US 6966851 B1
A hat with ball marker removably places a golf ball marker onto a cap for retrieval therefrom by a golfer. The device has a hat having a dome with an opening and an insert that has a base with a wing such that the wing is attached to an inner surface of the dome and the base protrudes through the opening. The upper surface of the base is magnetized and the marker, being magnetically attractive, is magnetically removably attached to the base. Removal of the marker from the base is accomplished by sliding the marker off of the base or by providing the base with a cavity such that placement of force onto the marker above and toward the cavity causes the marker to teeter thereby flipping the marker into the cavity for easy removal.
1. A ball marking system comprising:
a hat having a dome with a concave inner surface adapted to receive a wearer's head, a corresponding convex outer surface and an opening having a first diameter;
an insert having a base member the base member having a second diameter that is no greater than the first diameter and having a magnetized a first upper surface, a first lower surface, and a wing extending outwardly from an outer circumference of the base member, the wing having a second upper surface that faces in the same direction as the first upper surface and having a second lower surface and such that the wing is attached to the inner surface of the dome by mating the second upper surface of the wing with the inner surface of the dome with the base member protruding through the opening of the dome; and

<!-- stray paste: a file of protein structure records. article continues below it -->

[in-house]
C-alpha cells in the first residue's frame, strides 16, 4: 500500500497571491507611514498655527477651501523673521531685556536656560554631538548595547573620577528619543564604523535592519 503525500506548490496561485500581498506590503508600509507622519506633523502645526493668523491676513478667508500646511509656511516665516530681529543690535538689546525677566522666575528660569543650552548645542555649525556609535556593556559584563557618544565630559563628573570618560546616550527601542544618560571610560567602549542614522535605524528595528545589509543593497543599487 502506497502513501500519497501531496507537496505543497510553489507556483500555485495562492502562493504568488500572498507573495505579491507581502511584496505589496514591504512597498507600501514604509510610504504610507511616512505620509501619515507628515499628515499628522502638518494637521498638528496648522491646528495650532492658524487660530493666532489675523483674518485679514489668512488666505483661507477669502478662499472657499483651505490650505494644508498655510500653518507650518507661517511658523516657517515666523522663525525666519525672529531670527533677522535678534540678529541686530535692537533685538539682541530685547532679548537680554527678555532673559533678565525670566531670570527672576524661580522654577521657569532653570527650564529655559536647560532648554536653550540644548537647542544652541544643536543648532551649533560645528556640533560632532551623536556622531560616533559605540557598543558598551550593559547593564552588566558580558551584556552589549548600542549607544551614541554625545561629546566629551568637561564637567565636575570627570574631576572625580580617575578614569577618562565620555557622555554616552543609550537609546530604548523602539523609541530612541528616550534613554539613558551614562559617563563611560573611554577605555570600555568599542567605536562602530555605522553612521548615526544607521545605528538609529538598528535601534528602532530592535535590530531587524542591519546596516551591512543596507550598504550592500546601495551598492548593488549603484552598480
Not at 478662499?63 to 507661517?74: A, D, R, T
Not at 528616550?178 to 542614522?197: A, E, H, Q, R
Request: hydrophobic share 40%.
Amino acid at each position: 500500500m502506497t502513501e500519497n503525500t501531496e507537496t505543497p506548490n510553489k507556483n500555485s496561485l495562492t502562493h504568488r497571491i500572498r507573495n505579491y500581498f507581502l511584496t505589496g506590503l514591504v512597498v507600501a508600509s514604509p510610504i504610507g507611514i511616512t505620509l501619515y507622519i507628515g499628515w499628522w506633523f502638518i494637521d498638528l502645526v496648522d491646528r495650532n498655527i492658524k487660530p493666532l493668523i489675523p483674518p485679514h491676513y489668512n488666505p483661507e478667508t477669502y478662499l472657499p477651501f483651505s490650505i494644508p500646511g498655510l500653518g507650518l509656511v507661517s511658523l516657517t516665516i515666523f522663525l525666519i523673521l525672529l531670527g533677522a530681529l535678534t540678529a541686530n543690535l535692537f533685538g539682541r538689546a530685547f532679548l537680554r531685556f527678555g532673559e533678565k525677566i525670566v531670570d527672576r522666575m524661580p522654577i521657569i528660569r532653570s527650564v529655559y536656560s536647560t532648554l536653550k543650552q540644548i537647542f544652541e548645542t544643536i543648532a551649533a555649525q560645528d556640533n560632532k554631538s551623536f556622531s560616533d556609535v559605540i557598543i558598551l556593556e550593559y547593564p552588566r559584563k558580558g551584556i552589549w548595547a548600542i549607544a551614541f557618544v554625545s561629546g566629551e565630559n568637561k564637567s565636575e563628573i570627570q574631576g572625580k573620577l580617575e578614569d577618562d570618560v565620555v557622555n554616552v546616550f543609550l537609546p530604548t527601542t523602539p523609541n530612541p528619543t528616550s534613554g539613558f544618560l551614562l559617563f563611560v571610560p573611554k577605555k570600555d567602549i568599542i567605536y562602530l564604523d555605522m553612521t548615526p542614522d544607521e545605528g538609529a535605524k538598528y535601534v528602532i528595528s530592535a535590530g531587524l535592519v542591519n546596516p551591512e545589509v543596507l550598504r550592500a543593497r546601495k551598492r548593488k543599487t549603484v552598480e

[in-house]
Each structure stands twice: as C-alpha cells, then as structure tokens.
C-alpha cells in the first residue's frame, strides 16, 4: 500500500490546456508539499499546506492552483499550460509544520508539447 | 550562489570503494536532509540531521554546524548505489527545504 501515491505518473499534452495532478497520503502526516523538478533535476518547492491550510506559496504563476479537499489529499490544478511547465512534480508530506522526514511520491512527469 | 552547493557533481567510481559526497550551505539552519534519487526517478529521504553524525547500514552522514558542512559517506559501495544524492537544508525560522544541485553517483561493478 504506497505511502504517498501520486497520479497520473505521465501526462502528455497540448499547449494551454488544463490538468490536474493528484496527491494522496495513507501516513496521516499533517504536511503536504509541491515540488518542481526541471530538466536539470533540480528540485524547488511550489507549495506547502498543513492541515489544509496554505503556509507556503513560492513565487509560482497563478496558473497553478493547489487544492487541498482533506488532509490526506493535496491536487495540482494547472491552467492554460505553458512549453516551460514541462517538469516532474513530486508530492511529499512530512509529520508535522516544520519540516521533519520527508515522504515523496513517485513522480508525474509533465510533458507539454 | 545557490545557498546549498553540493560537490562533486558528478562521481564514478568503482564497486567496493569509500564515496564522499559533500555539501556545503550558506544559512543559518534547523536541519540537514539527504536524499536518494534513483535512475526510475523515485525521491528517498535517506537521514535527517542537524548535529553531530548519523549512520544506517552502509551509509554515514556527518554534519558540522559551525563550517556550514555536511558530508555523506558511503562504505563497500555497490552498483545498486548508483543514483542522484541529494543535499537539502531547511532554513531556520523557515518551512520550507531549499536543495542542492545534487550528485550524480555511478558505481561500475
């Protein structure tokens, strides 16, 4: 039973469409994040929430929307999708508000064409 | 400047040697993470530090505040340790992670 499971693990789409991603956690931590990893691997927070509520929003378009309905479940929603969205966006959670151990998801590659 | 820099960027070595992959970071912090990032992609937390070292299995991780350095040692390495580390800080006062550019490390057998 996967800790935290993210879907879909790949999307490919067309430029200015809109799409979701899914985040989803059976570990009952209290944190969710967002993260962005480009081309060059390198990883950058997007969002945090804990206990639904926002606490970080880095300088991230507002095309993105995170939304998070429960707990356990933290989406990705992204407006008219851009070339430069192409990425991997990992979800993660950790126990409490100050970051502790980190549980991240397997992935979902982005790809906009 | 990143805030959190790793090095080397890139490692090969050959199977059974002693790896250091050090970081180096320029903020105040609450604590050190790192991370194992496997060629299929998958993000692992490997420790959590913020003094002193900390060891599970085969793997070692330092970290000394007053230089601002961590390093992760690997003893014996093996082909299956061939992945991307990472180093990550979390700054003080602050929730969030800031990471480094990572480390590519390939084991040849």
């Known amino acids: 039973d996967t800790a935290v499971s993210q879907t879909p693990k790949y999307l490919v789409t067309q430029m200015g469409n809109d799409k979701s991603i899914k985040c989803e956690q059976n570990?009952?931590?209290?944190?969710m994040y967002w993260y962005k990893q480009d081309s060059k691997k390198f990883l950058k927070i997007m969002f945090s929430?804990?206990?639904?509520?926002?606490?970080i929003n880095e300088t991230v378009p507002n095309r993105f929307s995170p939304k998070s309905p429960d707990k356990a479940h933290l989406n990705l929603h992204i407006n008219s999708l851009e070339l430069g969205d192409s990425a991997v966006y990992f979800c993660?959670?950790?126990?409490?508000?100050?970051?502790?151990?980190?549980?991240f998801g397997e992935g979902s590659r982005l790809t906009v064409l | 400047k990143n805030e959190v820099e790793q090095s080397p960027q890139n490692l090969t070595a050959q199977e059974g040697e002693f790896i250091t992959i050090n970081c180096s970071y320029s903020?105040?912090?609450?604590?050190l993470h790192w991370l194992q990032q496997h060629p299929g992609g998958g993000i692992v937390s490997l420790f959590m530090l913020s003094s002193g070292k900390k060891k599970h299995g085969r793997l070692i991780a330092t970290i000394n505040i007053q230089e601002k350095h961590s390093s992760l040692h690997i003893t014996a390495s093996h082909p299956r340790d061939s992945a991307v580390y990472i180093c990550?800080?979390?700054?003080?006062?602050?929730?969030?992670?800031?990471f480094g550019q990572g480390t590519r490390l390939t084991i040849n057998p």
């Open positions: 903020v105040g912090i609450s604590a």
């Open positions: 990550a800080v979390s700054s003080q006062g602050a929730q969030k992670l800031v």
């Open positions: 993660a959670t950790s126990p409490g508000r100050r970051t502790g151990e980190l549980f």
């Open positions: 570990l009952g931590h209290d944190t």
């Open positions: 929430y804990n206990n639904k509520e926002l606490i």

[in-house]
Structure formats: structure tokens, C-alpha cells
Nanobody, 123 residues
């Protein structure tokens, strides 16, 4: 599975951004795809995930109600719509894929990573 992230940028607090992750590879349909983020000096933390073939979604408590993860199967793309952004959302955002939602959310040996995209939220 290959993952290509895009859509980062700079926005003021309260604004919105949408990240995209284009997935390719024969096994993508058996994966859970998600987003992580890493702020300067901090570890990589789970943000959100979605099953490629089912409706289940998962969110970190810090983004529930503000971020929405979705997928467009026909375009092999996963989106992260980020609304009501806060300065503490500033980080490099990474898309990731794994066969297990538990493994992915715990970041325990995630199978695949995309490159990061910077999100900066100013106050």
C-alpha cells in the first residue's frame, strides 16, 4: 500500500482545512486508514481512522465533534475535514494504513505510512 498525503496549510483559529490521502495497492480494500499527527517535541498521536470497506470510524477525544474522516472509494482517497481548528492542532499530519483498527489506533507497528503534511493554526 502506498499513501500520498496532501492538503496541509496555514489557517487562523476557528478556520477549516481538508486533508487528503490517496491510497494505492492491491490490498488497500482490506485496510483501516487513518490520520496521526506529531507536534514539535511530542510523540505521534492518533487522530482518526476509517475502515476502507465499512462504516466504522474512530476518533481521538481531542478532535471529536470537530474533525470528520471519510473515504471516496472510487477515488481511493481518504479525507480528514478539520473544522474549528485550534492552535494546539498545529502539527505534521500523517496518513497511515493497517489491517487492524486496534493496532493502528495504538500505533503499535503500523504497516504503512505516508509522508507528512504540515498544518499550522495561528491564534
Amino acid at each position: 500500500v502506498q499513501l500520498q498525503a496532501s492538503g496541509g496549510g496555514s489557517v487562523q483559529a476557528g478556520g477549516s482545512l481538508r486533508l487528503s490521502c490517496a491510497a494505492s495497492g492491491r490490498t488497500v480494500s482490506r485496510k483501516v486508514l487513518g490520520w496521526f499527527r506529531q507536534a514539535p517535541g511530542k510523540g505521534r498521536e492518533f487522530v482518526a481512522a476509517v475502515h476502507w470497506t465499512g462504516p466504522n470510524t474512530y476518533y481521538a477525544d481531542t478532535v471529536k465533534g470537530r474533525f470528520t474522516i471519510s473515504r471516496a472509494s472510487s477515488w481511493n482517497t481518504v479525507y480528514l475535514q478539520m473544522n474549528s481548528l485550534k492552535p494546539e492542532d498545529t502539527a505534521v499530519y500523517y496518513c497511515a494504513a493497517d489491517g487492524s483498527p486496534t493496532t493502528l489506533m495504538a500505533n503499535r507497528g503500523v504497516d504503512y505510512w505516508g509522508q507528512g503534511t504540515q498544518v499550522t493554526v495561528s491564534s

a marker having a top surface and a bottom surface, the bottom surface magnetically attached to the first upper surface of the base member.
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1. Field of the Invention
The present invention relates to a hat that has a ball marker magnetically attached to the cap, which marker is readily detached from the cap.
2. Background of the Prior Art
In the game of golf, it is customary, upon landing on the green, to mark the position of a player's golf ball with an appropriate marker and remove the ball from the playing green. Removal of the ball is typically performed for one of two purposes. Either the golf ball lies in the shot path of another golfer's ball that is further from the hole—the farthest player from the hole shoots first when on the green—and the ball is removed so as not to be hit during the other player's shot. While the other shooter may still hit the marker with the ball, by using markers that are small and relatively flat, such hitting of the marker results in substantially less deflection than would occur if another ball was hit. Additionally, a player may desire to pick the ball up and clean the ball upon reaching the green. As the ball can accumulate grass and other debris during hole play, which debris can result in putting inaccuracy, picking up and cleaning the ball upon reaching the green, which is legal and proper, is a common practice.